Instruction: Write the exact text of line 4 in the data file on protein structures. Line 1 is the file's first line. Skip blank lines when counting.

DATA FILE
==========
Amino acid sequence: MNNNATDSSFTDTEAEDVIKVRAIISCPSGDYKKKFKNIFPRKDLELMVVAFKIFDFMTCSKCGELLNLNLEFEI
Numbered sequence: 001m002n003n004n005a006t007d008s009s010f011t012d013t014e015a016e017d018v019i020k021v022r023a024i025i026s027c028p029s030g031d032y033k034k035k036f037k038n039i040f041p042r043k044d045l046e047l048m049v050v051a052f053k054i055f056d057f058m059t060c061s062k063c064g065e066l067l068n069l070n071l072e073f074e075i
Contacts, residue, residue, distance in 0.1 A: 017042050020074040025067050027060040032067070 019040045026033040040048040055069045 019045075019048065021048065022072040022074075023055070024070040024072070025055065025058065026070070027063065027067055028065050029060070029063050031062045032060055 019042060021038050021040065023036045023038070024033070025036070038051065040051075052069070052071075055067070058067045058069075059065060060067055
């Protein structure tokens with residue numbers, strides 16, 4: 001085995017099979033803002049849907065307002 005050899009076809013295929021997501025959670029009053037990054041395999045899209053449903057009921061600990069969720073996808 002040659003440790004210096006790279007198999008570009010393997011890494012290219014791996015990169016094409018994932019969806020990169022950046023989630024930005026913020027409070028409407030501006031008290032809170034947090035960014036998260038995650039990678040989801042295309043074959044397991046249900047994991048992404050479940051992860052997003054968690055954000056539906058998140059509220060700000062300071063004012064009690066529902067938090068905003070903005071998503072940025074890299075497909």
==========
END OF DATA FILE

């Protein structure tokens with residue numbers, strides 16, 4: 001085995017099979033803002049849907065307002 005050899009076809013295929021997501025959670029009053037990054041395999045899209053449903057009921061600990069969720073996808 002040659003440790004210096006790279007198999008570009010393997011890494012290219014791996015990169016094409018994932019969806020990169022950046023989630024930005026913020027409070028409407030501006031008290032809170034947090035960014036998260038995650039990678040989801042295309043074959044397991046249900047994991048992404050479940051992860052997003054968690055954000056539906058998140059509220060700000062300071063004012064009690066529902067938090068905003070903005071998503072940025074890299075497909």